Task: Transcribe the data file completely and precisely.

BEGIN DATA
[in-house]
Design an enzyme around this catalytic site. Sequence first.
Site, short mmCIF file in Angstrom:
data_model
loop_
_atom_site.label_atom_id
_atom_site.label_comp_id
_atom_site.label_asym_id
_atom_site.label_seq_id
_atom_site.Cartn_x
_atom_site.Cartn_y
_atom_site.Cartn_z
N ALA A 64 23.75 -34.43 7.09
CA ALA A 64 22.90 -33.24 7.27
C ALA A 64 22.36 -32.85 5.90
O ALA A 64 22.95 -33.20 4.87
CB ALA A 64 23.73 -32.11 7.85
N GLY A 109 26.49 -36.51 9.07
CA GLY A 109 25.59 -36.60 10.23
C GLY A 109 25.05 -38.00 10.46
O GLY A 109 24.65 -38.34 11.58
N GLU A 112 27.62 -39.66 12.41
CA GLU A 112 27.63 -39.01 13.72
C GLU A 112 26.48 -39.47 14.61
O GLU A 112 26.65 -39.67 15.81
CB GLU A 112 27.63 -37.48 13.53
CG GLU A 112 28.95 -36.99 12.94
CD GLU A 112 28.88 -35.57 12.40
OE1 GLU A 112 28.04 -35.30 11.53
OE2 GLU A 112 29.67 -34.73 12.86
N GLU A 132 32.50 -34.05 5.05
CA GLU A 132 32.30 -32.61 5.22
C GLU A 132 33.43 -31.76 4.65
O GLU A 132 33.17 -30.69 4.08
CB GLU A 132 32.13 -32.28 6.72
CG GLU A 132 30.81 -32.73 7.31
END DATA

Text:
[in-house]
Design an enzyme around this catalytic site. Sequence first.
Site, short mmCIF file in Angstrom:
data_model
loop_
_atom_site.label_atom_id
_atom_site.label_comp_id
_atom_site.label_asym_id
_atom_site.label_seq_id
_atom_site.Cartn_x
_atom_site.Cartn_y
_atom_site.Cartn_z
N ALA A 64 23.75 -34.43 7.09
CA ALA A 64 22.90 -33.24 7.27
C ALA A 64 22.36 -32.85 5.90
O ALA A 64 22.95 -33.20 4.87
CB ALA A 64 23.73 -32.11 7.85
N GLY A 109 26.49 -36.51 9.07
CA GLY A 109 25.59 -36.60 10.23
C GLY A 109 25.05 -38.00 10.46
O GLY A 109 24.65 -38.34 11.58
N GLU A 112 27.62 -39.66 12.41
CA GLU A 112 27.63 -39.01 13.72
C GLU A 112 26.48 -39.47 14.61
O GLU A 112 26.65 -39.67 15.81
CB GLU A 112 27.63 -37.48 13.53
CG GLU A 112 28.95 -36.99 12.94
CD GLU A 112 28.88 -35.57 12.40
OE1 GLU A 112 28.04 -35.30 11.53
OE2 GLU A 112 29.67 -34.73 12.86
N GLU A 132 32.50 -34.05 5.05
CA GLU A 132 32.30 -32.61 5.22
C GLU A 132 33.43 -31.76 4.65
O GLU A 132 33.17 -30.69 4.08
CB GLU A 132 32.13 -32.28 6.72
CG GLU A 132 30.81 -32.73 7.31